It didn't always look good for the future of the USS North Carolina however. While Operation Ship Shape, a donation drive to secure funds was launched in 1998, the damage was so great that in 2009, the United States Navy issued two directives: either restore or scrap the ship. The former was decided upon, resulting in a multi-year Generations Campaign – which has raised $23 million in public and private funds.

History of BB-55 USS North Carolina

USS North Carolina and her sister vessel USS Washington (BB-56) were the first American capital ships to be built after the lifting of the Washington Treaty, which limited their displacement and armament, but it resulted in a vessel that could keep up with the faster-moving aircraft carriers. As part of a clause in the Second London Navy Treaty, the armament was increased from the original nine 14-inch guns to nine 16-inch guns. She also was armed with twenty 5-inch/38 caliber guns in ten twin mounts. The wartime complement compromised of 144 commissioned officers and 2,195 enlisted men, including 86 marines.

Laid down in 1937, the USS North Carolina was completed in April 1941 and at the time of her commissioning, she was considered among the world's greatest sea weapons. Following the attack on Pearl Harbor in December of that year, she was mobilized and originally sent to counter threats from German warships, notably the battleship Tirpitz, before being transferred to the Pacific where she took part in the Guadalcanal Campaign. She went on to take part in every major naval offensive in the Pacific and earned fifteen battle stars – the most of any American battleship.

USS North Carolina survived many close calls and near misses and was hit by a Japanese torpedo in September 1942. The quick response from the crew ensured the battle wagon was able to remain operational and keep up with the fleet. By war's end, she lost just ten men in action while another sixty-seven had been wounded. Despite that fact, the Japanese claimed six times the battleship had been sunk.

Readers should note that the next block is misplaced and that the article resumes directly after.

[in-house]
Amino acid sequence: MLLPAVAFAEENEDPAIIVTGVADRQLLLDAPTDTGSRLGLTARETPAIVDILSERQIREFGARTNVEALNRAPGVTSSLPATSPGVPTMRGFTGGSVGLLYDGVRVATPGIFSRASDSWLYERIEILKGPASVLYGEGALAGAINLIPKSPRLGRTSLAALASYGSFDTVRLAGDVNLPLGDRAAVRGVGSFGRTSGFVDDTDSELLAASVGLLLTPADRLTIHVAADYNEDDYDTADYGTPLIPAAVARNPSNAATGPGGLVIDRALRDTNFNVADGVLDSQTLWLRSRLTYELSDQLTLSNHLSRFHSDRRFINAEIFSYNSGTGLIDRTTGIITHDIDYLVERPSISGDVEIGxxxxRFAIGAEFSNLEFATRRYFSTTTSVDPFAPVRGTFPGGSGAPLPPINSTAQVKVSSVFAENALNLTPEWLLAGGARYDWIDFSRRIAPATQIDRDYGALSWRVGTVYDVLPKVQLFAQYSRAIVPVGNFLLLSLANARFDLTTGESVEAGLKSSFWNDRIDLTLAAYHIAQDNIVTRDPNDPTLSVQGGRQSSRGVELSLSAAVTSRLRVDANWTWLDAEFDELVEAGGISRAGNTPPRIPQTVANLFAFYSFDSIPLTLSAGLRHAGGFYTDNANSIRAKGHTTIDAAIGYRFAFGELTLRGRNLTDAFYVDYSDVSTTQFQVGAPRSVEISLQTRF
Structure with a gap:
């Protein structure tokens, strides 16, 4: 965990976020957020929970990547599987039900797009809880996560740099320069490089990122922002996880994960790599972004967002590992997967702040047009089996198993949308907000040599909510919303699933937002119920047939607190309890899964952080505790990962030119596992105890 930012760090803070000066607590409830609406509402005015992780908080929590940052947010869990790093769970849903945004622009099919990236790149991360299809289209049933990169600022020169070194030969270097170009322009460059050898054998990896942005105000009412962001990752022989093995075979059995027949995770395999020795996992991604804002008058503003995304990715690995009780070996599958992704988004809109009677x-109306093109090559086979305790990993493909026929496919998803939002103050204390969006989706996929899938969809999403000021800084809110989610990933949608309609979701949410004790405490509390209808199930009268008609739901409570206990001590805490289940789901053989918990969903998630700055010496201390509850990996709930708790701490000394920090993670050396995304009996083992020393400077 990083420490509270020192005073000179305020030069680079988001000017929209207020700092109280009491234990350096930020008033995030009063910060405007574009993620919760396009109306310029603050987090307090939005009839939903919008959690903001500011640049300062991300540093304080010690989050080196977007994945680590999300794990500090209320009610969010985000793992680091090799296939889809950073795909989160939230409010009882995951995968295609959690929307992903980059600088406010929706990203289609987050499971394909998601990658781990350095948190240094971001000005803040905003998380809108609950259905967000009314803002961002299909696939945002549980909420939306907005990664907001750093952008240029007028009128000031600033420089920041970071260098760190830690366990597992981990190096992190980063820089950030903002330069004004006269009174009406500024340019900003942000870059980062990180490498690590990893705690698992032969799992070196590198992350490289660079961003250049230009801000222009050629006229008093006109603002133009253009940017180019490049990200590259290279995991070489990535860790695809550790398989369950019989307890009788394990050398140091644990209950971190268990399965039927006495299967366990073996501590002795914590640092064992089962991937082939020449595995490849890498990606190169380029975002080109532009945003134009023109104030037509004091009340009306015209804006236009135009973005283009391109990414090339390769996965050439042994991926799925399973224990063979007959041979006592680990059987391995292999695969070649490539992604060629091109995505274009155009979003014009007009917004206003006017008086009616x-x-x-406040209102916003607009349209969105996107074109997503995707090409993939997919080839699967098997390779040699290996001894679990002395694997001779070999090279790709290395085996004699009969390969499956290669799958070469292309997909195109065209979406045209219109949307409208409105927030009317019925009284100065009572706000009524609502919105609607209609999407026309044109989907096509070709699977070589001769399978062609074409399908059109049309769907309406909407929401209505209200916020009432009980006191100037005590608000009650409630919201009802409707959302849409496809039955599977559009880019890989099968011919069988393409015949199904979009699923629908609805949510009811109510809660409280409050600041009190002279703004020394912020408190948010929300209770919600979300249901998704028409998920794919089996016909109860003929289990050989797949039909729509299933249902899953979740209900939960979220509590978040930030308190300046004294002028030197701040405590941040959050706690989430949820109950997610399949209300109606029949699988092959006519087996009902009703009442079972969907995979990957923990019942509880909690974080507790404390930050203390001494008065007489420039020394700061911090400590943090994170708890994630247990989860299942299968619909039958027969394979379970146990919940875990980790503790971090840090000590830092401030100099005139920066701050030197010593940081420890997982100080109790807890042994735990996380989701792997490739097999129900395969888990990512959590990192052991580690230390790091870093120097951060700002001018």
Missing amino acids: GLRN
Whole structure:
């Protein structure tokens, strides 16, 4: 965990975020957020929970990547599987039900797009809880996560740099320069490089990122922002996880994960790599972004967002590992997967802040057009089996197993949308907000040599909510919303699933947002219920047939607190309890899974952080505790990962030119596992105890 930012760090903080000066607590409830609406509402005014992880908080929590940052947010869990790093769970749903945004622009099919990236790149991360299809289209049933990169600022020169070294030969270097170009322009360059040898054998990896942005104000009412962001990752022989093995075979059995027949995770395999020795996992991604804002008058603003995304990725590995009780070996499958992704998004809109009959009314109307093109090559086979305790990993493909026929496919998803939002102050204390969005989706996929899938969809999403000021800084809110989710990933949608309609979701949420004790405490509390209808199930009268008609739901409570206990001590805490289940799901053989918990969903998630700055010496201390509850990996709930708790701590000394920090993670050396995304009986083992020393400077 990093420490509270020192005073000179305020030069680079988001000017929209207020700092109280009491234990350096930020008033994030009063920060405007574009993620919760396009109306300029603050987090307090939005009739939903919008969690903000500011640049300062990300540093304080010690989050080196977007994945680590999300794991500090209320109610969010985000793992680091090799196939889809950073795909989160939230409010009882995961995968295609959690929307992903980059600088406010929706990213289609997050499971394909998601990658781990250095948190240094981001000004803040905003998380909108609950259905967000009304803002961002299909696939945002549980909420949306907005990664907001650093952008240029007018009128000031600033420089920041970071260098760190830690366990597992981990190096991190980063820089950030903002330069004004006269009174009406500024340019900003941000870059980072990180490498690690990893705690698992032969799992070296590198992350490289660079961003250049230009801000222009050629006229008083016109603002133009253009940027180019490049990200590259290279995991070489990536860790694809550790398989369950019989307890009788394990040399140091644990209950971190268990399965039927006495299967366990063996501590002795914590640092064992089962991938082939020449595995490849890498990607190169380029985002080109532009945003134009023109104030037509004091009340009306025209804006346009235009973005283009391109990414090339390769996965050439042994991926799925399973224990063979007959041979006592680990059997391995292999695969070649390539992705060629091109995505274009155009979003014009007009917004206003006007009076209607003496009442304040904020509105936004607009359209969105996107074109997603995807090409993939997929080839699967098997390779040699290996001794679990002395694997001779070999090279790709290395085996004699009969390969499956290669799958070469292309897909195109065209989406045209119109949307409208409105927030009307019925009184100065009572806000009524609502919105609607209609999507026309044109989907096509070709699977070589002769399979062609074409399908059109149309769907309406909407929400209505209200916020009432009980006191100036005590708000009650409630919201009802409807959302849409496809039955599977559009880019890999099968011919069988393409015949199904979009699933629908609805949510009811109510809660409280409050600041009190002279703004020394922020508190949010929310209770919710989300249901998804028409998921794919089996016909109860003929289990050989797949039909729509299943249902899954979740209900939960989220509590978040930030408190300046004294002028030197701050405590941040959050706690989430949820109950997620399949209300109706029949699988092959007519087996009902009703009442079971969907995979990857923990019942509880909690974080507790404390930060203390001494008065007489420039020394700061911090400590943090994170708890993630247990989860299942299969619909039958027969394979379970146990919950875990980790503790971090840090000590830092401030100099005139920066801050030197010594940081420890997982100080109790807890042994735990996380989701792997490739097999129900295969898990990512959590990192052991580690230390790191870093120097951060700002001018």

USS North Carolina

Decommissioned after the war in June 1947, she remained in the Inactive Reserve Fleet in Bayonne, New Jersey until it was announced she would be scrapped. However, a statewide campaign in North Carolina saved the ship and she was transferred to Wilmington, where she became the state's memorial to its World War II veterans and to those 11,000 North Carolinians who gave their lives during the Second World War.

While other majestic warships that helped ensure an Allied victory met an ignominious end as they were broken up and sold for scrap, BB-55 was saved and preserved as a museum ship and memorable to the brave sailors of the "Greatest Generation."

Author Experience and Expertise: Peter Suciu

Peter Suciu is a Michigan-based writer. He has contributed to more than four dozen magazines, newspapers, and websites with over 3,200 published pieces over a twenty-year career in journalism. He regularly writes about military hardware, firearms history, cybersecurity, politics, and international affairs. Peter is also a Contributing Writer for Forbes and Clearance Jobs. You can follow him on Twitter: @PeterSuciu. You can email the author: [email protected].